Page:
Here are some tips on how to speed the boiling of water:
- Use a wider, shallower pot instead of a tall and narrow one. The increase in surface area allows the water to heat up faster. Moreover, the use of a thinner pot will also boil water quicker than a thicker one.
- Start with hot water. When boiling water, fill your pot with hot tap water instead of cold. It will give you a great kick-off and get you to reach the boiling stage faster, for about 1 1/2 to 2 minutes. Well, it still depends on the amount of water you place in your pot.
NOTE: This tip is not highly recommended in homes installed with older pipes since the hot water can leach the lead and other stuff into the water. The choice is up to you.
- Use the amount of water that you really need. For example, if you’re just boiling a few eggs or potatoes, you don’t need to use a large stockpot. Many vegetables taste and look better when steamed with an inch or two of water in the pan instead of subjecting them to a full boil.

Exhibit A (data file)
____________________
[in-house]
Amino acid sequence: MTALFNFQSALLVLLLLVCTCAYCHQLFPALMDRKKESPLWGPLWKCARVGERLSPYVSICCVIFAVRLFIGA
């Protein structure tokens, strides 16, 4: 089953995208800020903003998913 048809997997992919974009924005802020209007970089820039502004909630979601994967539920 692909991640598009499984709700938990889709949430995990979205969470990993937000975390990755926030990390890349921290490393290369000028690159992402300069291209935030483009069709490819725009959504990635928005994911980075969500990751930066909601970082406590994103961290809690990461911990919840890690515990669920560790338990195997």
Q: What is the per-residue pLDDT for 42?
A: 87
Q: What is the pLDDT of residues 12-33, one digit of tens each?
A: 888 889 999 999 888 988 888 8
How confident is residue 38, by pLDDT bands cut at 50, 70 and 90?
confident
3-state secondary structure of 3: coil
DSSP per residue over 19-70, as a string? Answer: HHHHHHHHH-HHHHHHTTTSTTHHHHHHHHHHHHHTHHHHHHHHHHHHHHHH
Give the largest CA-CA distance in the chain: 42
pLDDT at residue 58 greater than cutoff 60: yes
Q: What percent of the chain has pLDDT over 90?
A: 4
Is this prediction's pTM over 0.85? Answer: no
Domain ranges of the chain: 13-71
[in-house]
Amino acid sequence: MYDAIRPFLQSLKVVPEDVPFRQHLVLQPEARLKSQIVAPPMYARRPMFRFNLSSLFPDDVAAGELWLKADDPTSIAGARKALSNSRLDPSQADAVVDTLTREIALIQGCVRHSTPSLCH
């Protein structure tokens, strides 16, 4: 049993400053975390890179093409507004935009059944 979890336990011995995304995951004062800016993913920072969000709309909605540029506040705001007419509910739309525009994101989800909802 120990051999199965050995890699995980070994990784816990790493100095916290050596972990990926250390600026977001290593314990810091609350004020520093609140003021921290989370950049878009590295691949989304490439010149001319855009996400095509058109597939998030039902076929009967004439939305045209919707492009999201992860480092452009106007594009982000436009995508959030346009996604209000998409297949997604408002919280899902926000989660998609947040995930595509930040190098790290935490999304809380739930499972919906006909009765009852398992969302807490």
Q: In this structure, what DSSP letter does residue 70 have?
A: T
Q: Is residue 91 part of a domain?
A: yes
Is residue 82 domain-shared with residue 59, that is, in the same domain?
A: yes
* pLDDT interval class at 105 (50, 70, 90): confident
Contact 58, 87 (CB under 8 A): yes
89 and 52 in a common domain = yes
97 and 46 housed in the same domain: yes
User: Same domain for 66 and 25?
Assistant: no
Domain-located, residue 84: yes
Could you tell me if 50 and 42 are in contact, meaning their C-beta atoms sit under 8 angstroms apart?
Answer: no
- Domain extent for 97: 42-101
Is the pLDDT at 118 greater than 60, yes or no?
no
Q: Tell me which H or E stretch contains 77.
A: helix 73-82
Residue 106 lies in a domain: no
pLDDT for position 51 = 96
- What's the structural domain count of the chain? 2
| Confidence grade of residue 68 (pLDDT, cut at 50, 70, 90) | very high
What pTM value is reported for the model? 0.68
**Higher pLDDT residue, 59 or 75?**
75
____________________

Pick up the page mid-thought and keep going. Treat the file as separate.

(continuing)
- Cover your pot. This technique traps the heat, which then speeds up the boiling process. You may use a plate just in case your pot does not come with a lid.
- Reuse your boiled water. You can blanch some veggies in the pasta water after you are done separating the pasta. You can also use it for cooking some eggs for tomorrow’s breakfast. Since the water is still hot, you might as well take advantage of it before it gets cold.
This last tip may not be beneficial for anyone residing at sea level, but it’s still good to know. For your information, at sea level, the water boils at 212°F. However, the higher you go in elevation, the lower the boiling point will be, thus reducing the time it will take to boil water.